When at a Disney Resort or in the Magic Kingdom, simply choose the wireless network Disney-Guest and accept the terms and conditions to connect. Once you have accepted the terms and conditions the first time, it will not continue to prompt you for further connections. This will allow you to access the Internet without using up your precious monthly data plan for your smart phone, causing overage fees. For those with WiFi only devices such as an iPod touch, this will make more apps available for full use while in the Magic Kingdom. Disney is apparently planning on expanding the WiFi service to all the parks and Downtown Disney over the next few months.
Since we have this great news, I thought I'd give you a little rundown of my favorite apps to use for both planning and enjoying a Disney trip.
Walt Disney World Park Hours - Minneware
This is a simple to use app that shows you park hours for all four theme parks and both water parks up to 6 months in advance. It includes Extra Magic Hours, and major parades and fireworks shows such as Wishes and Fantasmic. I really like this app for planning my vacation and deciding which park we will visit each day. I base my dining reservations and weekly plan of attack on park hours, extra parties and morning extra magic hours, so having that information quick and easy to get to is important.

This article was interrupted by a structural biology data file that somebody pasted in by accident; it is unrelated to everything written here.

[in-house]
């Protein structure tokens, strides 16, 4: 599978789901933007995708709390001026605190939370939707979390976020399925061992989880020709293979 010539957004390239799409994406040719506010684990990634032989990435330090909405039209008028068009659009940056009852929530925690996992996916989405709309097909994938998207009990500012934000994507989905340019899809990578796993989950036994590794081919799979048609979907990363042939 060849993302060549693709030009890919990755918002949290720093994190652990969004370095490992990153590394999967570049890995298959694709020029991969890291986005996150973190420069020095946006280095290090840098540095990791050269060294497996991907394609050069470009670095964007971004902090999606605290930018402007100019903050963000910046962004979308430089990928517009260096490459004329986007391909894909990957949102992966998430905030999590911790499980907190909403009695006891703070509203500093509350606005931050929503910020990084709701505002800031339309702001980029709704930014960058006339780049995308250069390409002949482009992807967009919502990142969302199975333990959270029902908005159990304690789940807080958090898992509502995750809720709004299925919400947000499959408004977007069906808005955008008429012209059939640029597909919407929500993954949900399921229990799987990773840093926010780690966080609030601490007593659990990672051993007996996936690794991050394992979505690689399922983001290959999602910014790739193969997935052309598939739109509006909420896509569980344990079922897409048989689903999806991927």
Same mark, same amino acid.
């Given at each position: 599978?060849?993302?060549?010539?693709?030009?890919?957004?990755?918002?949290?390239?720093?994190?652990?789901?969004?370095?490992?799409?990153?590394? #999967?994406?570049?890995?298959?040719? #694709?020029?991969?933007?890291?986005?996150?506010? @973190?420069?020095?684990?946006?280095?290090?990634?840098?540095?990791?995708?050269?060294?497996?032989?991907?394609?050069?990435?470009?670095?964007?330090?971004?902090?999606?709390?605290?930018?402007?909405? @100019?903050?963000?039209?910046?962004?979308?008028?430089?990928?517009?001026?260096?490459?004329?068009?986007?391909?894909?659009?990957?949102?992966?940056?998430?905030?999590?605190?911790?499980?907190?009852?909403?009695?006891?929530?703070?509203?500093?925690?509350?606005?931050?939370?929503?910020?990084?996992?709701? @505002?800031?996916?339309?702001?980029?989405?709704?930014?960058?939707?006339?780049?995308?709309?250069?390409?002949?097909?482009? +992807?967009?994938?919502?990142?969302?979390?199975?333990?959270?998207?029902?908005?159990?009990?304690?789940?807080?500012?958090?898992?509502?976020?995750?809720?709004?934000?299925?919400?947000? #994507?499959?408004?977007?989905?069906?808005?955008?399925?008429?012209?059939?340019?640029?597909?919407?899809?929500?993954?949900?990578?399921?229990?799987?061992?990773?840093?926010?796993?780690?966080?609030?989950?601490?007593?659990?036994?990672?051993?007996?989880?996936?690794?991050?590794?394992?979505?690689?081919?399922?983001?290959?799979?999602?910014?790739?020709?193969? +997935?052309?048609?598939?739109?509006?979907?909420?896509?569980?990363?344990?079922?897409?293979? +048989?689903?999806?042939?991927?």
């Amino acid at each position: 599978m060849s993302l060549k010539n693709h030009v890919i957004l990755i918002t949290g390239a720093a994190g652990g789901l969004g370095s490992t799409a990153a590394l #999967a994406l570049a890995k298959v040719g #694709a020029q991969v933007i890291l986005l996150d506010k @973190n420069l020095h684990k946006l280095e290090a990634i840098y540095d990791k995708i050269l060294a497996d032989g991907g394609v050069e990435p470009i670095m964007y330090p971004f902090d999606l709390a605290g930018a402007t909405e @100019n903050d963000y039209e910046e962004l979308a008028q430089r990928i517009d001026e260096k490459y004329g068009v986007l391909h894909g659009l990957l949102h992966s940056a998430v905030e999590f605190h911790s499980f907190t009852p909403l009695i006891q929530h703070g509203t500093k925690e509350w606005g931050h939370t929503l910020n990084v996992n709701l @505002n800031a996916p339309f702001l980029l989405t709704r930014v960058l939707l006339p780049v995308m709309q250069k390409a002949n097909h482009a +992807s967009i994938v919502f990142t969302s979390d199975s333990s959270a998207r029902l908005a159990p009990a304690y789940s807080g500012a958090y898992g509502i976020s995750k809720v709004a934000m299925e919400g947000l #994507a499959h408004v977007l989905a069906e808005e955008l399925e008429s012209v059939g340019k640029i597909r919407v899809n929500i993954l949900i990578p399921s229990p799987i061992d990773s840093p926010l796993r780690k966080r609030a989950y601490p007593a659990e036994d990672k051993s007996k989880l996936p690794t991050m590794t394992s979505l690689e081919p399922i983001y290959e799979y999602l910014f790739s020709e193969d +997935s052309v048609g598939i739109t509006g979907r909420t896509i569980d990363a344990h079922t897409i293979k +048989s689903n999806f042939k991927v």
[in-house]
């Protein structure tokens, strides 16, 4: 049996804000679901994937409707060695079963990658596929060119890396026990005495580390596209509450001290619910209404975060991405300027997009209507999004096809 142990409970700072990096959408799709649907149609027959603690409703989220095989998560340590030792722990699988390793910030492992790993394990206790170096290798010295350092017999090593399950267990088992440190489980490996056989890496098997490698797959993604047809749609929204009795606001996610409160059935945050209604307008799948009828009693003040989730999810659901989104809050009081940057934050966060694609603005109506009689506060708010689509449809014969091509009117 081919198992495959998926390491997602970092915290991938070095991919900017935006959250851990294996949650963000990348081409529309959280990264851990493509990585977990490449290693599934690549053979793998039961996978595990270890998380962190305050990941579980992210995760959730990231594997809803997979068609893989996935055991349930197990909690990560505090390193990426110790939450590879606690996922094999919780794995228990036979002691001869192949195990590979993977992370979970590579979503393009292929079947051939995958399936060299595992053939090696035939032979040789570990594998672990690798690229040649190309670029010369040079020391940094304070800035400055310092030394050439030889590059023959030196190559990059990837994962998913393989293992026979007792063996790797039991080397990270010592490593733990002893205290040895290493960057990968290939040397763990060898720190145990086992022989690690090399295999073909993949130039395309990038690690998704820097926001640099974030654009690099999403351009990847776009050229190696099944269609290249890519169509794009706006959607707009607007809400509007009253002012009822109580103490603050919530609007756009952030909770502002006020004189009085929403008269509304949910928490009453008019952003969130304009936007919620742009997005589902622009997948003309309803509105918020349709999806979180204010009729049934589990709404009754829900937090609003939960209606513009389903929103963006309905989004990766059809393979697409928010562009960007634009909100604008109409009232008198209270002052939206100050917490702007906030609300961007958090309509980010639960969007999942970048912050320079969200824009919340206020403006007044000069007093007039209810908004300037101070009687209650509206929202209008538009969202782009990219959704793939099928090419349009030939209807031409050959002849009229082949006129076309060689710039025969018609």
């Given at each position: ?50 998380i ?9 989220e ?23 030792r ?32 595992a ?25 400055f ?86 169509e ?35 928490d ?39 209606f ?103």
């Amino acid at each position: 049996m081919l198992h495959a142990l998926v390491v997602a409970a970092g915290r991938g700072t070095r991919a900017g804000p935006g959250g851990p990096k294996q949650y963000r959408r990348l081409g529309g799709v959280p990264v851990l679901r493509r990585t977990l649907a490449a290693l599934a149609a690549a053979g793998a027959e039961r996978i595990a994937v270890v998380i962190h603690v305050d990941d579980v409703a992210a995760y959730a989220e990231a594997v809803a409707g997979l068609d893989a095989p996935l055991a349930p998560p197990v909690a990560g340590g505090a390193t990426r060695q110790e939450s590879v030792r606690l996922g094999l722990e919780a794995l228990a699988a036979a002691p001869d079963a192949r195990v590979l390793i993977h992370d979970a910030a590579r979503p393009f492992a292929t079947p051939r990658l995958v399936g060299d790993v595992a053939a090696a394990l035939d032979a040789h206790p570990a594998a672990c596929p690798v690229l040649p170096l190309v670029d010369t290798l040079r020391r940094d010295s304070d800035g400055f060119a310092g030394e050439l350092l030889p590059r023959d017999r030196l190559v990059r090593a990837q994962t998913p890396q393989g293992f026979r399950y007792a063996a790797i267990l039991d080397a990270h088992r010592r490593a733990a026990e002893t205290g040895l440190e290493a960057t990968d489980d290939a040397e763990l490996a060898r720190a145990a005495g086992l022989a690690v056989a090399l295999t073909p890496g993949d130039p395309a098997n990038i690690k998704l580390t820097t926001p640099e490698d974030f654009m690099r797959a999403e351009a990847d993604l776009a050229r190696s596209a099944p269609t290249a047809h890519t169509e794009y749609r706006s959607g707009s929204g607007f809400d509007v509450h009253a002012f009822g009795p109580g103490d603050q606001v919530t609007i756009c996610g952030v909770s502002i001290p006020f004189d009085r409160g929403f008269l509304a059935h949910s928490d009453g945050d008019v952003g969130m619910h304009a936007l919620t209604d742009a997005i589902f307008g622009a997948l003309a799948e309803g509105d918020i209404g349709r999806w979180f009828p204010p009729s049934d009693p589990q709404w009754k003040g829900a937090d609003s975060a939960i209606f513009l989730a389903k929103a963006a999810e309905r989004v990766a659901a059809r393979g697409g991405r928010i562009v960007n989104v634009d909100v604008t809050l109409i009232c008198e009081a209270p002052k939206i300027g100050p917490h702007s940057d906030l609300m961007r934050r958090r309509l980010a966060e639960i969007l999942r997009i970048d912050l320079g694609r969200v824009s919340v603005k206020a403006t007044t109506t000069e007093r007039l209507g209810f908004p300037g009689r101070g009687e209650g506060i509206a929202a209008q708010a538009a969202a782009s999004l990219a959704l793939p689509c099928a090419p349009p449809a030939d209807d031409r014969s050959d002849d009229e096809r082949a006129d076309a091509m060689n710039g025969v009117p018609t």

Disney World Dining - VersaEdge Software
I use this app A LOT. I also have it on my iPad which has an even nicer interface. It will allow you to see the menu for almost every restaurant at Walt Disney World. This app was useful before WiFi even on an iPod because you download the menus, you could search for info without needing to connect to the Internet. Now that WiFi is available it is even more helpful with its "near me" feature that will find your in-park location and show you the food venues nearest to you. I also love the "Food Finder" tool. If little Timmy is just aching for a Mickey Premium Ice Cream Bar, the "Food Finder" will tell you where all the ice cream carts are located in the park you are in! I usually use this app before a trip to plan our dining reservations, and then I use it while in the parks to choose which quick service restaurant we feel like eating at based on the menu. Once in Epcot, my then 3 year old really wanted PB&J for lunch. Using the app, I was able to find out that Kringle Bakery in Norway had PB&J kids meals, without having to walk to each quick service place until I found it. A big time saver. And we all know, a fed kid is a happy kid. There is even a place to keep track of your dining reservations within the app.
3. WDW Lines from Touring Plans.com